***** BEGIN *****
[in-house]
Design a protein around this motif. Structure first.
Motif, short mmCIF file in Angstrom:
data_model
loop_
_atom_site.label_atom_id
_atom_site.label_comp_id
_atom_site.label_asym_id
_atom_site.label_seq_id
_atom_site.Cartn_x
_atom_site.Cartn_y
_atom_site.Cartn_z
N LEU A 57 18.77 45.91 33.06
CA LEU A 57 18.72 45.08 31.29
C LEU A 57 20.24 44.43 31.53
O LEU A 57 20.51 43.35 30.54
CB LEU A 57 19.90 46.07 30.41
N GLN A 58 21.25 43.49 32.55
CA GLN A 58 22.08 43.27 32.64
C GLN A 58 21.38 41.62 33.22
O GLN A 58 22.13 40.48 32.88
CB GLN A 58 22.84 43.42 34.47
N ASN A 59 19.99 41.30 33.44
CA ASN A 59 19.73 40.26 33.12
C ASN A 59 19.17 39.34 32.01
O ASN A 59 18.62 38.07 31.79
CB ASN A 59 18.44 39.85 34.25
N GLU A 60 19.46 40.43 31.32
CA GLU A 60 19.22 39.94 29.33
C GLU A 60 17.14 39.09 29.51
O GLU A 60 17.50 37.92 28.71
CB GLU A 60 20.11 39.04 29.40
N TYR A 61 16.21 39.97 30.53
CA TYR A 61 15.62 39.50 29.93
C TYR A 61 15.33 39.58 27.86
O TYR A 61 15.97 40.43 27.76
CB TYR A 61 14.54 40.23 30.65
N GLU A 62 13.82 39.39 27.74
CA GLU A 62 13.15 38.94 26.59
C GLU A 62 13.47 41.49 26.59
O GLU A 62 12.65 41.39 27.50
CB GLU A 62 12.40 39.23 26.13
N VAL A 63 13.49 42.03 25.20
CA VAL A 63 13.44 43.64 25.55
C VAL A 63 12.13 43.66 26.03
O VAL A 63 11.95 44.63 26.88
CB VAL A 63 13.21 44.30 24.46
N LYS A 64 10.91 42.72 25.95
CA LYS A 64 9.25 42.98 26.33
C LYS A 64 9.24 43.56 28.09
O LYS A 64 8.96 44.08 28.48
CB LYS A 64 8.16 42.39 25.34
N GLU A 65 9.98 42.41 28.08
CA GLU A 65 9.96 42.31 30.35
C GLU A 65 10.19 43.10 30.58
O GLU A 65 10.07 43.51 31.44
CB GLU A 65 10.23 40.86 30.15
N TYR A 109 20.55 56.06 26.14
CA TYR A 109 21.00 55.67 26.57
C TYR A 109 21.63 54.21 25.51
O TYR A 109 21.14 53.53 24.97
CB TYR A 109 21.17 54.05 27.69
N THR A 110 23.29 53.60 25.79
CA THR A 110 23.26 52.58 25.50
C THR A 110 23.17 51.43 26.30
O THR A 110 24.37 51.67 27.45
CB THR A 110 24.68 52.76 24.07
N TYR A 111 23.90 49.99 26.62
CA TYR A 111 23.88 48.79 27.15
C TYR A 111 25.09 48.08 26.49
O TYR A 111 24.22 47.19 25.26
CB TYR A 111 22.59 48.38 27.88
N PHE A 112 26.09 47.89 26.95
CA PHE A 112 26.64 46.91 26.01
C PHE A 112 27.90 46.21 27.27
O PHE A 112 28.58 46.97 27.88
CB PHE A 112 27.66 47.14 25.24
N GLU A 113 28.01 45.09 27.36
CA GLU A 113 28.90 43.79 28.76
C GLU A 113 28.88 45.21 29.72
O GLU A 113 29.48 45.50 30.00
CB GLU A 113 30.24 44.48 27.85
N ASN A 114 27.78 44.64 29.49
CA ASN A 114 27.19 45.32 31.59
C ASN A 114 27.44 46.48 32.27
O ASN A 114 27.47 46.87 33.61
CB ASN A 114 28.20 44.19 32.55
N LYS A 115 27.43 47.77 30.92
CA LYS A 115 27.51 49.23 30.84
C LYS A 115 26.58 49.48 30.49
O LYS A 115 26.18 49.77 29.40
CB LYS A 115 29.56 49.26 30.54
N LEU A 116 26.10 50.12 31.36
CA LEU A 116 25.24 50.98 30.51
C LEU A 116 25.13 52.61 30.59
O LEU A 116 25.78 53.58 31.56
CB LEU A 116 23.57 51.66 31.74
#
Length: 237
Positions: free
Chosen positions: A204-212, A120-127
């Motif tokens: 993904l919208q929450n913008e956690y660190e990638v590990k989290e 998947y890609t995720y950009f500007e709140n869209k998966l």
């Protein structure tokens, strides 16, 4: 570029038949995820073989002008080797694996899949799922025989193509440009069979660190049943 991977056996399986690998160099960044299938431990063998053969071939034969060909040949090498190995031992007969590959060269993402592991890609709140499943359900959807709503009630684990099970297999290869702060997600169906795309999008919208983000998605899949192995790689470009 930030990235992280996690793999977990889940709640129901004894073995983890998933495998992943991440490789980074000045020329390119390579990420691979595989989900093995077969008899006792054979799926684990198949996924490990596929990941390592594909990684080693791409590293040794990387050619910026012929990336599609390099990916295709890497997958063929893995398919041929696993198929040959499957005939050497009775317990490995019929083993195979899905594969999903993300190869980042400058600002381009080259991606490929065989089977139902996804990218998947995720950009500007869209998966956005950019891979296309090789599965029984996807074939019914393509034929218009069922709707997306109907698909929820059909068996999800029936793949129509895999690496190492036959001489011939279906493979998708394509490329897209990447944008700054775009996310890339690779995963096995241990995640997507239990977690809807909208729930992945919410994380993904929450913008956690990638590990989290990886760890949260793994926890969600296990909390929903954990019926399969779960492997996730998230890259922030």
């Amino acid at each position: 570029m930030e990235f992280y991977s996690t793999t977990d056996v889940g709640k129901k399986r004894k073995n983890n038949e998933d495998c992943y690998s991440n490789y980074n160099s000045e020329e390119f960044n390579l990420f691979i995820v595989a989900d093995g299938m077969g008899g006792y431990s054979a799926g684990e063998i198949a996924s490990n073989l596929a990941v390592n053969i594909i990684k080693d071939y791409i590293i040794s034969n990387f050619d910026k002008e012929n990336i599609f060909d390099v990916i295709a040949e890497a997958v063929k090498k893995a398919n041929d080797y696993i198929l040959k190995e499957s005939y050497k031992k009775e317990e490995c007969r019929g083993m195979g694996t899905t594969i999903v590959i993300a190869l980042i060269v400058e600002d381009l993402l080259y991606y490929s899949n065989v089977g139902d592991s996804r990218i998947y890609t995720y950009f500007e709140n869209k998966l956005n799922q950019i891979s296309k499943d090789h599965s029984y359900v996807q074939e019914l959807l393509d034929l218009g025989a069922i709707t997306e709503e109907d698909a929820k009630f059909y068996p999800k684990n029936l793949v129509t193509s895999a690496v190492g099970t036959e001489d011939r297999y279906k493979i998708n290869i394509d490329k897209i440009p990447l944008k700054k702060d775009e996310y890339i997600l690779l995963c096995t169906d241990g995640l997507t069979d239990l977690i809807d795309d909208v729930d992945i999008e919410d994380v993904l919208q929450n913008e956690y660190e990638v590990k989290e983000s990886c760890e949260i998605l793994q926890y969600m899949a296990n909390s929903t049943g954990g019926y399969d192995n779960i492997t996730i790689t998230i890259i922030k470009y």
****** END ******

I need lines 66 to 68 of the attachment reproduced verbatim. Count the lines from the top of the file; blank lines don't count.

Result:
O THR A 110 24.37 51.67 27.45
CB THR A 110 24.68 52.76 24.07
N TYR A 111 23.90 49.99 26.62